The $3.6 billion acquisition by Verizon Wireless of advanced wireless services licenses from SpectrumCo LLC is generating some stiff opposition from Verizon’s competitors. Verizon Wireless, a joint venture between Verizon Communications Inc. (NYSE: VZ) and Vodafone plc (NASDAQ: VOD), announced the acquisition last December. SpectrumCo is a joint venture of Comcast Corp. (NASDAQ: CMCSA), Time Warner Cable Inc. (NYSE: TWC), and privately-held Bright House Networks and Cox Communications Inc. Sprint Nextel Corp. (NYSE: S) was a partner in SpectrumCo but withdrew from the group in 2007.
Thus far, the Federal Communications Commission (FCC) has received comments from MetroPCS Communications Inc. (NYSE: PCS), DirecTV Inc. (NASDAQ: DTV), Sprint, and T-Mobile USA, the US mobile carrier of Deutsche Telekom AG (OTC: DTEGY).
Besides access to an additional 259 million customers in the US, the proposed acquistion includes cross-selling agreements between the buyer and the sellers. The competitors have been asking the FCC to require fuller disclosure of these agreements because they are an integral part of the deal for the spectrum licenses. All are worried about Verizon’s ability to wield unbeatable market power in virtually every market.
Through these agreements, the cable companies, on the one hand, and Verizon Wireless, on the other, will become agents to sell one another’s products and, over time, the cable companies will have the option of selling Verizon Wireless’ service on a wholesale basis. Additionally, the cable companies and Verizon Wireless have formed an innovation technology joint venture for the development of technology to better integrate wireline and wireless products and services.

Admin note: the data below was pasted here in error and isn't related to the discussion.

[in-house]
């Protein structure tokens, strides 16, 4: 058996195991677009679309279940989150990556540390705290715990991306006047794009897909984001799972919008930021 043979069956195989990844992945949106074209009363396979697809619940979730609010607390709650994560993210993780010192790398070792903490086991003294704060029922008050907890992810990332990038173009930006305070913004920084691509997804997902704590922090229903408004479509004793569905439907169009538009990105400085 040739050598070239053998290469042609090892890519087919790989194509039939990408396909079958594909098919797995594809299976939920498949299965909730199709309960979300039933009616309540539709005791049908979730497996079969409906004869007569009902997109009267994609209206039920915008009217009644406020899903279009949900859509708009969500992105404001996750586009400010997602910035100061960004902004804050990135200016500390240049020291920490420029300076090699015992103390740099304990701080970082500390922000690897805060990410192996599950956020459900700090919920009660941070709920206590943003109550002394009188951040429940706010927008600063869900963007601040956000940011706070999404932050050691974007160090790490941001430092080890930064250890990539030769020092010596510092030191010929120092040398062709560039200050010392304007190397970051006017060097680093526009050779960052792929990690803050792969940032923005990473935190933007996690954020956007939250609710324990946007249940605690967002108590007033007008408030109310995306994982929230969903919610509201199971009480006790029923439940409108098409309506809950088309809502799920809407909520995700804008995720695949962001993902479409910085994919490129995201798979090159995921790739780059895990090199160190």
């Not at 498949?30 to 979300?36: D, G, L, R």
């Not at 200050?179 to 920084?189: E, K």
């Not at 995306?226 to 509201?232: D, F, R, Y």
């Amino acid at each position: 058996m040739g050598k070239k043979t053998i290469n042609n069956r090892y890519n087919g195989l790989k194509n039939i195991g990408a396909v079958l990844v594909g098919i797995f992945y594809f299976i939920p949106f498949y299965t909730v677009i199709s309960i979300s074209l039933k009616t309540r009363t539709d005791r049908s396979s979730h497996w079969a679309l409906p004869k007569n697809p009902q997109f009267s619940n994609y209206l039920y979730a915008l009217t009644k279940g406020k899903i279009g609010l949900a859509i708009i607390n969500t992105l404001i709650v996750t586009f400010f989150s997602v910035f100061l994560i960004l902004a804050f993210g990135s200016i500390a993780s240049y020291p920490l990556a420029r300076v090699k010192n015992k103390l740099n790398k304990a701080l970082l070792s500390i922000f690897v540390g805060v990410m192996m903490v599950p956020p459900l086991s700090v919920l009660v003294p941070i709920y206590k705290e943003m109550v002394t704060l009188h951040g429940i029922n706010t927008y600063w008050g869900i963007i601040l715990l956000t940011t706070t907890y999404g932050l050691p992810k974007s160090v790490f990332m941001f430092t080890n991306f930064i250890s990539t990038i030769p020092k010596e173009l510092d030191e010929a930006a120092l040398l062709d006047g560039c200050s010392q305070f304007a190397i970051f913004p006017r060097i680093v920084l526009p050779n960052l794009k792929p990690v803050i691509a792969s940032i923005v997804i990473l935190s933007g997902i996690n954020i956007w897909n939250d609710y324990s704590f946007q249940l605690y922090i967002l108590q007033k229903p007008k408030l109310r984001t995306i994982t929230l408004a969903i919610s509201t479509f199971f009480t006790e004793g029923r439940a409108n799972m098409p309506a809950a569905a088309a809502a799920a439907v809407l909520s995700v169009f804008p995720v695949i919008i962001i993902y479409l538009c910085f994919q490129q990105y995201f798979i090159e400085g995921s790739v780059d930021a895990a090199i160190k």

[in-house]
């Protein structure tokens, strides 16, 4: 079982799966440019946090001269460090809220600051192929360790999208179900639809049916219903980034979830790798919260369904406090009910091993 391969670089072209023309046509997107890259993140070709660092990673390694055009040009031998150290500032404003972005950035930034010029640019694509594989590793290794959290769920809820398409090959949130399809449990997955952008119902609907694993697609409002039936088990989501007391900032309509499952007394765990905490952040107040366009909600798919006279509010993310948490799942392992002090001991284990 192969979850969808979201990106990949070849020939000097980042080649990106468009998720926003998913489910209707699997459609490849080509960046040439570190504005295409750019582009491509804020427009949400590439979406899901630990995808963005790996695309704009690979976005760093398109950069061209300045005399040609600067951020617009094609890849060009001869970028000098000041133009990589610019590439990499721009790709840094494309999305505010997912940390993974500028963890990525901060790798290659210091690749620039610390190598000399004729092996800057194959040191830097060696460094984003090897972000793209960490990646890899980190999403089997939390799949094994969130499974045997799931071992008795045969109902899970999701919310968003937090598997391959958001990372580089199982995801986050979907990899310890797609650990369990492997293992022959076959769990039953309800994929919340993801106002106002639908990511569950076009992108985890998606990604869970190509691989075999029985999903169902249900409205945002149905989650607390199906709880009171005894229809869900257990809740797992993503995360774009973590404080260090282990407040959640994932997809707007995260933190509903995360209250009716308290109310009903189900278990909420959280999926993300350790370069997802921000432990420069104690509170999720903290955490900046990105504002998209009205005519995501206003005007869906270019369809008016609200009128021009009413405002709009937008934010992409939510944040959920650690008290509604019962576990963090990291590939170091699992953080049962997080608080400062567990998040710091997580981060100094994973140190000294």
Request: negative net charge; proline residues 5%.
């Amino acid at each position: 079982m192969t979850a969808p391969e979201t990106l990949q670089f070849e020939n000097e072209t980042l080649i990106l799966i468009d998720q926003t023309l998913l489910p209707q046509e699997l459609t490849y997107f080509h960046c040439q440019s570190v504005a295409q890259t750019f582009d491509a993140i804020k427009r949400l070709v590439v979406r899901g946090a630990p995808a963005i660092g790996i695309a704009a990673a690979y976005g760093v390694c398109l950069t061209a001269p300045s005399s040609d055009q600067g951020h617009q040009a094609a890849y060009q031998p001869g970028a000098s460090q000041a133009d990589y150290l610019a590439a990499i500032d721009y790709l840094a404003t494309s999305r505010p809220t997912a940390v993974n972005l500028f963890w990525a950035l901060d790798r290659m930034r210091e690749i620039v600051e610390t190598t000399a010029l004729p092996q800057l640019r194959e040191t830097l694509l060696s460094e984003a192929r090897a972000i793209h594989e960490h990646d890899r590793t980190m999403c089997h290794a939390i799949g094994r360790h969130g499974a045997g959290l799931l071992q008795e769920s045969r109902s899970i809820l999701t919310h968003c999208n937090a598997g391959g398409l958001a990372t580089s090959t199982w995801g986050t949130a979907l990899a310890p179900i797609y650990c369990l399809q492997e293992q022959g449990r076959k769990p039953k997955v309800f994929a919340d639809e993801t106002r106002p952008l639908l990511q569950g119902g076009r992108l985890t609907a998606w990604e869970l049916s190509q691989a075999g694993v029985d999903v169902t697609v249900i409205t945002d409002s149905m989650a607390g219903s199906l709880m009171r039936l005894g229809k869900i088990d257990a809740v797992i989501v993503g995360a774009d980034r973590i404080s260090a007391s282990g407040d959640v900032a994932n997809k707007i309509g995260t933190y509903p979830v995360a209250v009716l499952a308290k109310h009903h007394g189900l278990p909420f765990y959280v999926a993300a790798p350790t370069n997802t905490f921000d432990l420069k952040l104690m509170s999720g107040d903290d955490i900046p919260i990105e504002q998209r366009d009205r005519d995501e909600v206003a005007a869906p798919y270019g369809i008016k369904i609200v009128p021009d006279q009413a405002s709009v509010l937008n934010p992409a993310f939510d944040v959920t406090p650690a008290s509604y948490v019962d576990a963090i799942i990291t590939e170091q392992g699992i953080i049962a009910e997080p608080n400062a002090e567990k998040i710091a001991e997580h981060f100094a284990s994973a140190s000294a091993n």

The cross-selling agreements are a nice bonus for the cable operators, who now will be able to bundle wireless service with their existing phone, broadband, and cable TV services. The sale has the the added benefit of getting the cable guys out of the low-margin, high-cost wireless business.
For Verizon Wireless, the purchase gives them a larger population to cast their net over and an opportunity to bundle the cable operators’ services into a package of their own. But the added spectrum is what the deal’s all about for Verizon Wireless. The new capacity will be a significant aid to the build-out of the company’s 4G LTE network.
Comcast will realize about $2.3 billion from the sale and Time Warner Cable will get about $1.1 billion. That’s about double their investments in the original spectrum license purchases in 2006.